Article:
This is an unprecedented situation, and while everyone is struggling to navigate these challenging waters, the restaurant and hospitality industry is especially hard-hit.
What can you do to help your staff, manage your operations, and keep the lights on – even in the dark? Below we share some suggestions. Plus, Eater has also compiled a list of relief funds and grants available to restaurants that may be helpful during this time.
Stay top-of-mind with your loyal guests through social media. Some chefs are taking to Instagram to share recipes and tips for making favorite dishes at home, which keeps the community connected and supported.
For some restaurants, packaging excess inventory into “meal kit” boxes can help generate some extra revenue, provide relief to guests stuck at home in self-isolation, and keep food from going to waste. Share tips and recipes for how to use up these ingredients to help customers further connect with your brand.
Where that’s not possible, consider donating surplus inventory to food banks and local relief centers. While helping those who need it gain access to food during this time, you may also qualify for a tax break.
To create added incentive for gift card purchases, consider adding a “boost” to purchases made in a certain timeframe. An extra 10-20% bonus can further encourage customers to purchase gift cards for a future date. Some restaurants are also using proceeds from gift cards to create a relief fund for their employees.
Where grocery stores have become a collection of empty shelves, many guests will be relying on their favorite dishes from your restaurant to boost spirits, provide sustenance, and break up the monotony of self-quarantine.
For delivery to apartment complexes, consider asking customers to accept deliveries at the front door, to limit person-to-person contact.
For pick-up, consider adding curb-side delivery as an option, to help limit exposure for your team and guests alike. Antonelli’s Cheese Shop got creative with curb-side delivery, and this innovation is helping their customers and teams alike.
Patrons: How to help your favorite restaurants stay afloat
As a guest, there are many ways you can help your local favorites.
Nervous about eating out when social distancing is encouraged? For certain venues, take-out and delivery options are available and help support the restaurant industry.
Had to cancel a reservation? Consider purchasing a gift card. This provides revenue to help immediate cash flow and gives you something to look forward to on the other side of this ordeal.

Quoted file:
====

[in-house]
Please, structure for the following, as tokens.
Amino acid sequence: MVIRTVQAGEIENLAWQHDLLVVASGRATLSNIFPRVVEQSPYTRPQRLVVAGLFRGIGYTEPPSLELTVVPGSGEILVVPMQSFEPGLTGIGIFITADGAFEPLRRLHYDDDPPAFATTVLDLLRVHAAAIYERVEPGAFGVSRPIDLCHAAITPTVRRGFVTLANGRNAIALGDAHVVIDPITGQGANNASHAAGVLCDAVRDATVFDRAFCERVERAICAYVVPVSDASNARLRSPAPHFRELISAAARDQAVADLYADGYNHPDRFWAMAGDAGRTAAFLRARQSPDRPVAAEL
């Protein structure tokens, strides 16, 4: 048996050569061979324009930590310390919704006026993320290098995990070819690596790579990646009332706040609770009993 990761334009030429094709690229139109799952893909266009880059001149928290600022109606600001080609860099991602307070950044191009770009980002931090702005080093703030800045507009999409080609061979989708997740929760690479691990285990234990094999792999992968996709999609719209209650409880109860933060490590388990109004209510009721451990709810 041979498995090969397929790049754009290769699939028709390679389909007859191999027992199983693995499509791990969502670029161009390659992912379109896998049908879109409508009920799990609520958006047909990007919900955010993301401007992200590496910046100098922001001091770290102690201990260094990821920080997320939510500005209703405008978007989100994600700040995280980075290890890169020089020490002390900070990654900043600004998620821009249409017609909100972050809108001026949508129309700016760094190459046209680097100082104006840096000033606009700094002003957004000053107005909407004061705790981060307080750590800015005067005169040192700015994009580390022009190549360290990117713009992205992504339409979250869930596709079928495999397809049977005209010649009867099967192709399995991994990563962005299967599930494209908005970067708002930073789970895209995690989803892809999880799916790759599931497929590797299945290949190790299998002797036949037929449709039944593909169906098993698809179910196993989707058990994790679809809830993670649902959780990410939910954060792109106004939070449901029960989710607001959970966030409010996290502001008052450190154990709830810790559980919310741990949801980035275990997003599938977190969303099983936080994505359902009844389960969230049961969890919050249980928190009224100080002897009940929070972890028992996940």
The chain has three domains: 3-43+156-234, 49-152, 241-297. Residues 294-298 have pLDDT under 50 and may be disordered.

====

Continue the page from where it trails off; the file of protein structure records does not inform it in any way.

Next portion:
If your favorite restaurant is still open, call ahead to ensure they can accommodate your table given reduced capacity. And of course, helping to contain the spread and flatten the curve is critical. If you are feeling even slightly unwell, switch the reservation to a takeout order.
Don’t forget the power of positivity during this time. Take to social media to show your love and support for your local restaurant community. Consider reaching out to your representatives to advocate for an emergency relief package that will help support restaurant workers at this time.
Keeping Everyone on the Same Page
Share CDC recommended procedures and mandates to keep your teams and guests safe.
If you are already a customer of HotSchedules, now powered by Fourth, don’t forget to leverage our various communication tools. One feature, in particular, could be especially useful right now: The Broadcast Message. This will help you communicate across all locations (or within each location) to all team members by job role. For more on how to utilize these features and others, please view our message to customers here: A Message on Coronavirus COVID-19
We’re here to help. Below are some resources you may find helpful to share with your team:
If you have questions about how your HotSchedules now powered by Fourth solution can help you manage these changes, please don’t hesitate to reach out.
Recently, we were fortunate enough to be able to sit down to a virtual chat with two independent restaurant owners who are trying to navigate the re-opening process in the world of COVID. David Cash, owner of Dallas-based Smoky Rose and Dan Fugman, owner of Denver-based Max Gill and Grill, shared their experiences and how they are preparing for the new normal.
Many full-service restaurateurs are cautiously evaluating consumer interest and local health updates to determine when they will open their doors. As you wrestle with the question of when to reopen your business, here are a few tips for bringing your team back on to HotSchedules.
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